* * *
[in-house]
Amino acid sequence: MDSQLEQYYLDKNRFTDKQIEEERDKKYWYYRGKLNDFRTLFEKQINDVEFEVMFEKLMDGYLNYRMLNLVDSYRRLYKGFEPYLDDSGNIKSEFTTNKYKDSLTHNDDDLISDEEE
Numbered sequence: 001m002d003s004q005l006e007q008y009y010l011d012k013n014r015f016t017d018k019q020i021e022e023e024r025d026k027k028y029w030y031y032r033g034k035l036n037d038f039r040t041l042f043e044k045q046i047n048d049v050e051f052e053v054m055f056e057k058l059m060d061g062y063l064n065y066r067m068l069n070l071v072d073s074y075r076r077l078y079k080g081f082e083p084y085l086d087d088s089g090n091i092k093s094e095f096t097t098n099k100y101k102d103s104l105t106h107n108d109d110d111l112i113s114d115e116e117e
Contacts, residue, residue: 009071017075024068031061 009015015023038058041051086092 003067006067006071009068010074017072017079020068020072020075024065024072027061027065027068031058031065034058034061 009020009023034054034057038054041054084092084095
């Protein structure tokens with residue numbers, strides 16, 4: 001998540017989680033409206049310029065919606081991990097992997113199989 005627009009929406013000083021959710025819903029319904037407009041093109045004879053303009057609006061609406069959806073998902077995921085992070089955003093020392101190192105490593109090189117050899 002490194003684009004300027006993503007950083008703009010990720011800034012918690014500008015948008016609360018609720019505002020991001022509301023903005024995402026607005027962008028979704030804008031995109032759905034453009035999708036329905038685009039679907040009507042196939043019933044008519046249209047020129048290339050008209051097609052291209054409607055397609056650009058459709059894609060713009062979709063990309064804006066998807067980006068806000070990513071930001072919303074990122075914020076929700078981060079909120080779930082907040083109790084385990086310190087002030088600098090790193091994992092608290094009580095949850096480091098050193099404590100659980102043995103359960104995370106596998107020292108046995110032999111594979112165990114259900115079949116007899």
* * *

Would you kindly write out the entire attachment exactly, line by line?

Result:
[in-house]
Amino acid sequence: MDSQLEQYYLDKNRFTDKQIEEERDKKYWYYRGKLNDFRTLFEKQINDVEFEVMFEKLMDGYLNYRMLNLVDSYRRLYKGFEPYLDDSGNIKSEFTTNKYKDSLTHNDDDLISDEEE
Numbered sequence: 001m002d003s004q005l006e007q008y009y010l011d012k013n014r015f016t017d018k019q020i021e022e023e024r025d026k027k028y029w030y031y032r033g034k035l036n037d038f039r040t041l042f043e044k045q046i047n048d049v050e051f052e053v054m055f056e057k058l059m060d061g062y063l064n065y066r067m068l069n070l071v072d073s074y075r076r077l078y079k080g081f082e083p084y085l086d087d088s089g090n091i092k093s094e095f096t097t098n099k100y101k102d103s104l105t106h107n108d109d110d111l112i113s114d115e116e117e
Contacts, residue, residue: 009071017075024068031061 009015015023038058041051086092 003067006067006071009068010074017072017079020068020072020075024065024072027061027065027068031058031065034058034061 009020009023034054034057038054041054084092084095
């Protein structure tokens with residue numbers, strides 16, 4: 001998540017989680033409206049310029065919606081991990097992997113199989 005627009009929406013000083021959710025819903029319904037407009041093109045004879053303009057609006061609406069959806073998902077995921085992070089955003093020392101190192105490593109090189117050899 002490194003684009004300027006993503007950083008703009010990720011800034012918690014500008015948008016609360018609720019505002020991001022509301023903005024995402026607005027962008028979704030804008031995109032759905034453009035999708036329905038685009039679907040009507042196939043019933044008519046249209047020129048290339050008209051097609052291209054409607055397609056650009058459709059894609060713009062979709063990309064804006066998807067980006068806000070990513071930001072919303074990122075914020076929700078981060079909120080779930082907040083109790084385990086310190087002030088600098090790193091994992092608290094009580095949850096480091098050193099404590100659980102043995103359960104995370106596998107020292108046995110032999111594979112165990114259900115079949116007899």